Schmidt, Erich Friedrich, 1897-1964

Alternative names
Birth 1897-09-13
Death 1964-10-03

Biographical notes:

Excavation at Fara, initiated by German excavators between 1902 and 1903, was resumed in 1931 by Erich Schmidt, an archaeologist working under the aegis of the University Museum. Since the Museum’s participation was limited to one season which took place between February 15 and May 19, the records pertaining to this excavation are not numerous. It is a fortunate circumstance that Schmidt listed (letter of May 25, 1931 to H. Jayne) exactly what types of records were generated. A confusing aspect of this collection is that Fara was excavated with funds appropriated by the Joint Persian Expedition for the proposed excavation in Iran (Tepe Hissar) also headed by Schmidt. Most Fara records are contained here, although some may be with the records for the Citadel at Damghan (Tureng Tepe), and Tepe Hissar. However, the excavation at Fara occurred before those at these other sites, and therefore the records were already, for the most part, separate.

From the guide to the Fara, Iraq expedition records, Bulk, 1930-1931, 1930-1972, (University of Pennsylvania: Penn Museum Archives)


Schmidt conducted surveys and field work in Arizona funded by Ogden Mills on behalf of the American Museum of Natural History.

From the description of Papers, 1925-1929. (Unknown). WorldCat record id: 155511981

Archaeologist Erich F. Schmidt was born in Germany in 1897. He studied political science at Friedrich Wilhelm University in Berlin after serving in the German army in World War I. In 1923, Schmidt came to the United States, completing a Ph.D at Columbia University in 1929. While at Columbia, Schmidt joined the staff of the American Museum of Natural History. Schmidt’s position with the museum introduced him to William B. and Gertrude H. Thompson, who were to become his long-term benefactors, and to Fiske Kimball, Director of the Pennsylvania Museum of Art, which co-sponsored the Damghan Project. Schmidt became professor, and eventually professor emeritus, at the Oriental Institute at the University of Chicago. At the time of his death in 1964, Dr. Schmidt was writing the third volume in a series on Persepolis.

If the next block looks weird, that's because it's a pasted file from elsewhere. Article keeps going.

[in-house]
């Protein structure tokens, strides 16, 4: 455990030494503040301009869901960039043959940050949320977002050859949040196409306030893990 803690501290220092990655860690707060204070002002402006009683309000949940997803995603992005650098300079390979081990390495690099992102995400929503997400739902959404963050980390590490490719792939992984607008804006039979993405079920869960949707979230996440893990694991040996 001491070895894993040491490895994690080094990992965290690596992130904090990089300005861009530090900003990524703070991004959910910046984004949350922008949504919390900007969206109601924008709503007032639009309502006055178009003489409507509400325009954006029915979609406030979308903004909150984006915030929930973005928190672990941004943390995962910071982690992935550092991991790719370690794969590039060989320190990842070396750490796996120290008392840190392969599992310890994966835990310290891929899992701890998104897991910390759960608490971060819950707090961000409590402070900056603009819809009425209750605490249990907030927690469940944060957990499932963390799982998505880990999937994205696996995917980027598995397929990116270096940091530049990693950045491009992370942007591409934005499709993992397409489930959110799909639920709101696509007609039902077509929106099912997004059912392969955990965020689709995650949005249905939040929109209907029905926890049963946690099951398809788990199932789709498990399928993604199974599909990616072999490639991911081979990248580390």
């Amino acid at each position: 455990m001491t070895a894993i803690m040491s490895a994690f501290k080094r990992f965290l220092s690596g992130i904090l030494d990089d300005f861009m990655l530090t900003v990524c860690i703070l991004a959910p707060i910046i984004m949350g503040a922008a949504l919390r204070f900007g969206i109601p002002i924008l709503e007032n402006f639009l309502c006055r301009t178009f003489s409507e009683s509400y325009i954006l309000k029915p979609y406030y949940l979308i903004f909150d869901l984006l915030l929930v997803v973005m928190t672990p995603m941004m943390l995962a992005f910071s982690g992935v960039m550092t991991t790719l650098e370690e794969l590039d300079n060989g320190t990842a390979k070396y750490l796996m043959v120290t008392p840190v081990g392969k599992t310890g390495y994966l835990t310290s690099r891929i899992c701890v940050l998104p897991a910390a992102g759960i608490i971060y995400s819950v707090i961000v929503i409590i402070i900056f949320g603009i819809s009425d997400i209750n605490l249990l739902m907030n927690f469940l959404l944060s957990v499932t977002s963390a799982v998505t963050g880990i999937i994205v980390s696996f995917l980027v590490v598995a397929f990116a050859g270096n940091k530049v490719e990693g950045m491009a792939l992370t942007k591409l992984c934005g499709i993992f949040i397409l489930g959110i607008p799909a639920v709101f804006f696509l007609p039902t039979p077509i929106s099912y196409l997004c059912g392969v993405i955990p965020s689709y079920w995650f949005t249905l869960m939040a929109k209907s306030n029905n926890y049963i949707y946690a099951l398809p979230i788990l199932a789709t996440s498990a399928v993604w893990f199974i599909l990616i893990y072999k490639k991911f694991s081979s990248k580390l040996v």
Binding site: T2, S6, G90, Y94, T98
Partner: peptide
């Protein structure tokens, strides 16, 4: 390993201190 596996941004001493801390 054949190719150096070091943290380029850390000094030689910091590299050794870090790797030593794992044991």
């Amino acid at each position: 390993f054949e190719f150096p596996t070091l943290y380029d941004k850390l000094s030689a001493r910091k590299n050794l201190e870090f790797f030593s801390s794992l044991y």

After the completion of one season of work (February-May, 1931) at Fara in Southern Iraq (c.f. Near East/Iraq/Fara), Erich F. Schmidt directed excavations at Tepe Hissar, a site located near Damghan on the Northeast Central Iranian Plateau. The University Museum, University of Pennsylvania and the Pennsylvania Museum of Art in Philadelphia (now the Philadelphia Museum of Art) collaborated on this expedition during June, 1931-February, 1933 due to the proximity of Islamic period sites to the prehistoric mounds of Tepe Hissar. The American Institute for Persian Art and Archaeology contributed funds for the second season. Although limited, excavations were undertaken at other sites in the Damghan area: the Damghan Citadel, Tepe Muman, Tari(kh) Khaneh, Nareshan and Shir-i-Shian. Primarily, the excavators worked at Tepe Hissar, focusing on the site of the Sassanian Building and the prehistoric mounds, which dated from the mid-5th to 2nd millennium BCE. After the second field season, the expedition staff went on a reconnaissance trip traveling through Luristan, Fara and other provinces in Iran.

From the guide to the Erich F. Schmidt excavation records from Tepe Hissar, Iran, Bulk, 1931-1932, 1929-1944, (University of Pennsylvania: Penn Museum Archives)


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  • Scientific expeditions
  • Antiquities--Collection and preservation
  • Iran--Antiquities
  • Indians of North America--Dwellings
  • Indians of North America--Antiquities
  • Anthropology
  • Indians of North America
  • Excavations (Archaeology)--Iran
  • Ethnological museums and collections
  • Earthworks (Archaeology)
  • Archaeological expeditions
  • Pueblos
  • Antiquities
  • Archaeology--Burials
  • Anthropological museums and collections
  • Archaeology--Field work
  • Mounds
  • Archaeological museums and collections
  • Excavations (Archaeology)
  • Archaeology--Architecture, ancient
  • Damghan (Iran)--Antiquities


  • Archaeologists


  • Alishar (Turkey) (as recorded)
  • Persepolis (Iran) (as recorded)
  • Tepe Hisar (Iran) (as recorded)
  • Togetzoge Pueblo (Ariz.) (as recorded)
  • Fara (Iraq) (as recorded)
  • Damghan (Iran) (as recorded)
  • Turkey (as recorded)
  • New York (State)--New York (as recorded)
  • Turkey--Alishar (as recorded)
  • Arizona (as recorded)
  • Persepolis (Iran) (as recorded)
  • Iran--Persepolis (as recorded)
  • Fara (archaeological site) (as recorded)
  • Iran--Tepe Hissar (as recorded)
  • Southwestern States (as recorded)